I held my breath all night at the hotel (figuratively) because I knew that the next day would be a day of extremes, and I just hoped that good memories would be part of them.

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Well- now I can tell you about extremes, and the Lord’s blessings…

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Yes- the morning was very good.  We had less than 5 minutes in any line we went to.  Even Brand was all grins with the Star Tours ride.   Eventually we stopped for lunch, and that was about the edge of the proverbial cliff…. After lunch, the volume of people in the park exploded, and the noise.  Brand was no longer willing to endure- but knew that the others wanted a bit more.  So he said he would wait for us at our predetermined spot in the park center.  I decided to catch on camera what might have set him off– and I found that the camera’s mic was overloaded; 7 different rides could be heard from that spot, plus happy people.  It was a mommy-duh moment.

On the other hand, my sweet Tea-Rose leaned over and said, “Mom, I think Heavenly Father blessed me with having a cold- my ears are all stuffed up and the noise doesn’t bother me like it normally does, so I can enjoy the rides.”  So there you have it.  Blessings in disguise, and noticed too.  :)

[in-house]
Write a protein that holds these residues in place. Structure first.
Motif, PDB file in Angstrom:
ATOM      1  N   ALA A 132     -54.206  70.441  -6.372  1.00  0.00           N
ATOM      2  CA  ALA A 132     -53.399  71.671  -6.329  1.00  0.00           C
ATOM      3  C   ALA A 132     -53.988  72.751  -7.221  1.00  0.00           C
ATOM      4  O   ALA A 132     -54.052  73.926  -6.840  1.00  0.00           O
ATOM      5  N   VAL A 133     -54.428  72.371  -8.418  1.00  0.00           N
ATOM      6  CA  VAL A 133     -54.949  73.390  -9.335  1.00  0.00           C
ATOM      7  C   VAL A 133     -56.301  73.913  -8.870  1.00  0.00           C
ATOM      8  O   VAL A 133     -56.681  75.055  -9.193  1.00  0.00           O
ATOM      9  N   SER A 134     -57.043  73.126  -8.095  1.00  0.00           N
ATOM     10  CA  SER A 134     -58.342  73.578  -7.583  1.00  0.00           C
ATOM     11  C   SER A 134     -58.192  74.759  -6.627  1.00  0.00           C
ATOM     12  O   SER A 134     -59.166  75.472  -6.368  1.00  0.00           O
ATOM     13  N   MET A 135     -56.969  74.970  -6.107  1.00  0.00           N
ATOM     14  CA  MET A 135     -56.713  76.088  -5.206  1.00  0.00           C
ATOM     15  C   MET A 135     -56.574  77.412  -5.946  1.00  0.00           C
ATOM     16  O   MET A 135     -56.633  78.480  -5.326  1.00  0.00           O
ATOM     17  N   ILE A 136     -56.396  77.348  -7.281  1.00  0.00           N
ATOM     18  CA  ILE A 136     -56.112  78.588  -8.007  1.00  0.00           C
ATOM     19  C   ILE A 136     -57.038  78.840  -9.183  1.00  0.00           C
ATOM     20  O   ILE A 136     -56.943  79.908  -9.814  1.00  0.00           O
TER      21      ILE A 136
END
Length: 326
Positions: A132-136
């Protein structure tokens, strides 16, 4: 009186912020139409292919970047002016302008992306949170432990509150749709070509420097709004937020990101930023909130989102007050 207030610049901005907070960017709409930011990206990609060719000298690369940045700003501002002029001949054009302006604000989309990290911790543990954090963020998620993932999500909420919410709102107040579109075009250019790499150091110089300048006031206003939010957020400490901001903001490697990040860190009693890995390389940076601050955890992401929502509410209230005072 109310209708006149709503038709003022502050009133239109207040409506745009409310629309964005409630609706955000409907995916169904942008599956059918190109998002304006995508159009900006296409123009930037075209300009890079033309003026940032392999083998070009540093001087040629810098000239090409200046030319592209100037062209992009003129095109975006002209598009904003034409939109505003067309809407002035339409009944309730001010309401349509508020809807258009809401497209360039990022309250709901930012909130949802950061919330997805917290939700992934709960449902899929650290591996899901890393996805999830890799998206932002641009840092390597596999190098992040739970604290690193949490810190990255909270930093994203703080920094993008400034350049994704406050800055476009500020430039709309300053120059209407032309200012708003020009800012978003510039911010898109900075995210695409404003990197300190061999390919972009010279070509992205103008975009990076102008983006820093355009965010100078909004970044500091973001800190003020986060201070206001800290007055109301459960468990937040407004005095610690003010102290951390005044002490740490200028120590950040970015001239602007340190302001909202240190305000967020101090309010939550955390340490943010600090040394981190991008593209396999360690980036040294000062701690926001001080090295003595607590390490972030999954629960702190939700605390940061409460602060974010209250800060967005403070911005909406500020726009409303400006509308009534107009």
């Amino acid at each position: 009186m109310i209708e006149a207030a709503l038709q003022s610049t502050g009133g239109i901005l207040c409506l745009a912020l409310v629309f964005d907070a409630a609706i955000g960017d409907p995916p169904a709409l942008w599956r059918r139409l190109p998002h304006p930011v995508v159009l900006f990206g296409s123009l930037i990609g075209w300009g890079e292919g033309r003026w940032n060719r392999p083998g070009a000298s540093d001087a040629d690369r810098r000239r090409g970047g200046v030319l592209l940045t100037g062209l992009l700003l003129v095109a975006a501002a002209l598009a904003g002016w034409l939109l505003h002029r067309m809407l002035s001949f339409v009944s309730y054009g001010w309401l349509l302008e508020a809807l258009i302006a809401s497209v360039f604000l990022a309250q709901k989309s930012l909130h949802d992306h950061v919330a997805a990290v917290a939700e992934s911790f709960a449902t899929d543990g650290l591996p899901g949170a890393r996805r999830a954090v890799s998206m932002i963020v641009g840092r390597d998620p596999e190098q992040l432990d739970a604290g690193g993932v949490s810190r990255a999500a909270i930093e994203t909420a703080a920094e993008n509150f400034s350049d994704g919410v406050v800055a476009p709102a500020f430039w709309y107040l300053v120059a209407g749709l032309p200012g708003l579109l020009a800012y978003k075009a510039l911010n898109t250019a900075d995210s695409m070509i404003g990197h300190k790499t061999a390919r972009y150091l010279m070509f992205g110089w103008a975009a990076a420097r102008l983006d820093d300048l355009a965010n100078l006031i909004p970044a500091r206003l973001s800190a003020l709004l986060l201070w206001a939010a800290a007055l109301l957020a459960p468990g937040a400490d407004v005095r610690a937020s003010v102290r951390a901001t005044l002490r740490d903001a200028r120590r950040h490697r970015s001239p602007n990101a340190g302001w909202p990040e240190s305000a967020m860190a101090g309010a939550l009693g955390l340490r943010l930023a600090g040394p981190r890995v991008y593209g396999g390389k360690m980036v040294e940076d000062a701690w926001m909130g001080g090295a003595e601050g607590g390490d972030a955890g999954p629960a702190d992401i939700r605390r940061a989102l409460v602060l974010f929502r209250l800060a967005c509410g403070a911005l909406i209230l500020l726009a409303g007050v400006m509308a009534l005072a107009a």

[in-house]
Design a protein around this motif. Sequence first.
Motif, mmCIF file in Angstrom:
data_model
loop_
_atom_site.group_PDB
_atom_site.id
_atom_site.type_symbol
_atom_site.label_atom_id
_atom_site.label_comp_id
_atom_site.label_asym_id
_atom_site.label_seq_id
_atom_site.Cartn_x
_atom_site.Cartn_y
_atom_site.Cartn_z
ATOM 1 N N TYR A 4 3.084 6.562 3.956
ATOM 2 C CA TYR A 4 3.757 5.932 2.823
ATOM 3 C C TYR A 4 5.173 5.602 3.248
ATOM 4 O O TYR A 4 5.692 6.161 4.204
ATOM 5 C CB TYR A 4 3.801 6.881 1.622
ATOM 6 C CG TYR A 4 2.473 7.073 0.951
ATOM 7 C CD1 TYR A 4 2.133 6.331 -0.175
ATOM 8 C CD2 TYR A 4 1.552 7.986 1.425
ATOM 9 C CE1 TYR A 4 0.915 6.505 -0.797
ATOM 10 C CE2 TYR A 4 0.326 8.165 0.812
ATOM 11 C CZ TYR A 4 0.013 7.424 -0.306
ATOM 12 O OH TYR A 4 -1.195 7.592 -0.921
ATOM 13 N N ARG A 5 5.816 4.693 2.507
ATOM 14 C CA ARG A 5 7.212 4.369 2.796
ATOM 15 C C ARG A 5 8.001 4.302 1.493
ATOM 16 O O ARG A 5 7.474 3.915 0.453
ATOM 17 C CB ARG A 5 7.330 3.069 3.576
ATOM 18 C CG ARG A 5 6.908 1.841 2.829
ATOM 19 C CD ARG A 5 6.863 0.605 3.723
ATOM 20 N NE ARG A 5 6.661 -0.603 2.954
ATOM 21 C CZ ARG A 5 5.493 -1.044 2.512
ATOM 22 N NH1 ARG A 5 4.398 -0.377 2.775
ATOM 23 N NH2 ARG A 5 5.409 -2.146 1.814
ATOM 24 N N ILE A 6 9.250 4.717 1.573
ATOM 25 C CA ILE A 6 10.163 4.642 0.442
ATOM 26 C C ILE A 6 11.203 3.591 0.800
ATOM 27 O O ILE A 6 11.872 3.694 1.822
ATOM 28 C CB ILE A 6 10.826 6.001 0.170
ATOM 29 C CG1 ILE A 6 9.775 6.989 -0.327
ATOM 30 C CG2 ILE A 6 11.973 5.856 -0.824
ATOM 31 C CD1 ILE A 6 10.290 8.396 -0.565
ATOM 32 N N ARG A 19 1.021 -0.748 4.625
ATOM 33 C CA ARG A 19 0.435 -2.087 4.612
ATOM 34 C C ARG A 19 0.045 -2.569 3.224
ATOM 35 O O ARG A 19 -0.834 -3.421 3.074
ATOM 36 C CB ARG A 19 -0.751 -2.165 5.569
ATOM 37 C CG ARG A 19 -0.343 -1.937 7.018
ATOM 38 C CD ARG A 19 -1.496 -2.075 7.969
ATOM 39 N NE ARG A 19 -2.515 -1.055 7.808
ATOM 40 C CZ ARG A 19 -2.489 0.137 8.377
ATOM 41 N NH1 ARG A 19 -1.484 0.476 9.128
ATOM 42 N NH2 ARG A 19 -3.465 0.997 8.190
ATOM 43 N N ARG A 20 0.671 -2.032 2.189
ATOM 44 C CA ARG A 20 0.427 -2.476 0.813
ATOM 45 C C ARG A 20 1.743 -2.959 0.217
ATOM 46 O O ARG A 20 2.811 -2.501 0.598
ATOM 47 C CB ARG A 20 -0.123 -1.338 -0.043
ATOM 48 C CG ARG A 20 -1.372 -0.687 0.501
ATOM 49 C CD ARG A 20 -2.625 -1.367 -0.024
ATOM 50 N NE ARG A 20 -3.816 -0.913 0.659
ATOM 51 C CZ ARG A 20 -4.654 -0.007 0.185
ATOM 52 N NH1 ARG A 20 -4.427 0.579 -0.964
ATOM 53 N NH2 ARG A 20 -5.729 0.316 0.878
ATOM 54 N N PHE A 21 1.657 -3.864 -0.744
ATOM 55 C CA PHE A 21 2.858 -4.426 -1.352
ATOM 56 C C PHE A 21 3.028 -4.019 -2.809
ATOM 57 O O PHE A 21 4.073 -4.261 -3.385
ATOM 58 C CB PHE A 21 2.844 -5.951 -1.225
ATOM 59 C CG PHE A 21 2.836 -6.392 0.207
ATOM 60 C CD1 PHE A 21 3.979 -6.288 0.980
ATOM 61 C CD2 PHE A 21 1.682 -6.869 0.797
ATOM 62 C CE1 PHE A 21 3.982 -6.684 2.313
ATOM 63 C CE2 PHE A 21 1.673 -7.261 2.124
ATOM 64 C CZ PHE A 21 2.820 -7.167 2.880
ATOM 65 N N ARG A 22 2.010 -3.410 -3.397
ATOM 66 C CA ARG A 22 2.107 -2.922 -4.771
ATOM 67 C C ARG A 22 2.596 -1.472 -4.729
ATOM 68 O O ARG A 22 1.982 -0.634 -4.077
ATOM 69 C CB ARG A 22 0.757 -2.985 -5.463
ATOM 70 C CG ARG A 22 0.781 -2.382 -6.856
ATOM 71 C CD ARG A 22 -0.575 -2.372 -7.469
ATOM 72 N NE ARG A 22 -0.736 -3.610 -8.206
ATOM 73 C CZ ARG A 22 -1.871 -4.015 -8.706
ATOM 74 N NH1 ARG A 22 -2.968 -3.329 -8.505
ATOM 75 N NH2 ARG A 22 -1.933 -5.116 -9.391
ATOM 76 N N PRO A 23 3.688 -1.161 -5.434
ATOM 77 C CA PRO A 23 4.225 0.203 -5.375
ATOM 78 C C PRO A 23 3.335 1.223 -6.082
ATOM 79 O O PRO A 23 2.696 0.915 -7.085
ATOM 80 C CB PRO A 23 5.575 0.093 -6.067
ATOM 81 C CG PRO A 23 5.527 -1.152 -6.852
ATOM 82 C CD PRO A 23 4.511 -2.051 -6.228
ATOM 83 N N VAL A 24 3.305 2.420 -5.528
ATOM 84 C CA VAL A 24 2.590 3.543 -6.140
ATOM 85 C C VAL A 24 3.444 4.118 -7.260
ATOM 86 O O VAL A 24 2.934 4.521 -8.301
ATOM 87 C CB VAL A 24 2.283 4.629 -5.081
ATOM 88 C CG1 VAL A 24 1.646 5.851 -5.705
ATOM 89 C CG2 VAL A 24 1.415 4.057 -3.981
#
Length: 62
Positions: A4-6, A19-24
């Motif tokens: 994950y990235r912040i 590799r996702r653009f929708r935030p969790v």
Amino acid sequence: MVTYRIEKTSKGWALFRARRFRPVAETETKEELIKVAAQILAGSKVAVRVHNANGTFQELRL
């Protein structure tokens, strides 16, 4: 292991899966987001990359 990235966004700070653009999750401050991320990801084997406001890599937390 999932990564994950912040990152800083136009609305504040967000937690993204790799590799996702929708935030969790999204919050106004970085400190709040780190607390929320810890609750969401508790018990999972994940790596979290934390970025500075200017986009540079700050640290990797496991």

Well, we didn’t stay much longer- the walking is hard on me too- but long enough to learn a secret spot for any other family who struggles with hearing-sensory integration problems… there is a little “theater” on Main Street that plays the old black and white original mickey mouse movie reels non-stop.  That little space was quiet and dim and pretty boring to most of the people who peaked in and left again… We stayed for almost an hour, while Mark and Brand went off for pain meds for me–  it was the most blisfull oasis!

So, off home we went- very glad that we hadn’t spent the money for more days worth of tickets, but also very happy with the experience. And in case you were wondering, yes it did help them get thru finals week- Major Daddy Success :)

Categories: "only with Autism" Adventures, LDS Mom of Autism | Leave a comment

good morning courage quote

It’s 6:20 am–and tho cars are buzzing outside, inside is still tiny slice of absolute calm.  So, for this tiny piece of quiet before the whole house wakes up- I thought I’d share a few courage quotes from one of my daughters favorite heroes-
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“It is for us to pray not for tasks equal to our powers, but for powers equal to our tasks, to go forward with a great desire forever beating at the door of our hearts as we travel toward our distant goal.”
 “Life is either a daring adventure, or nothing.

“Faith is the strength by which a shattered world shall emerge into the light.

–Helen Keller
Categories: Courage quotes | Leave a comment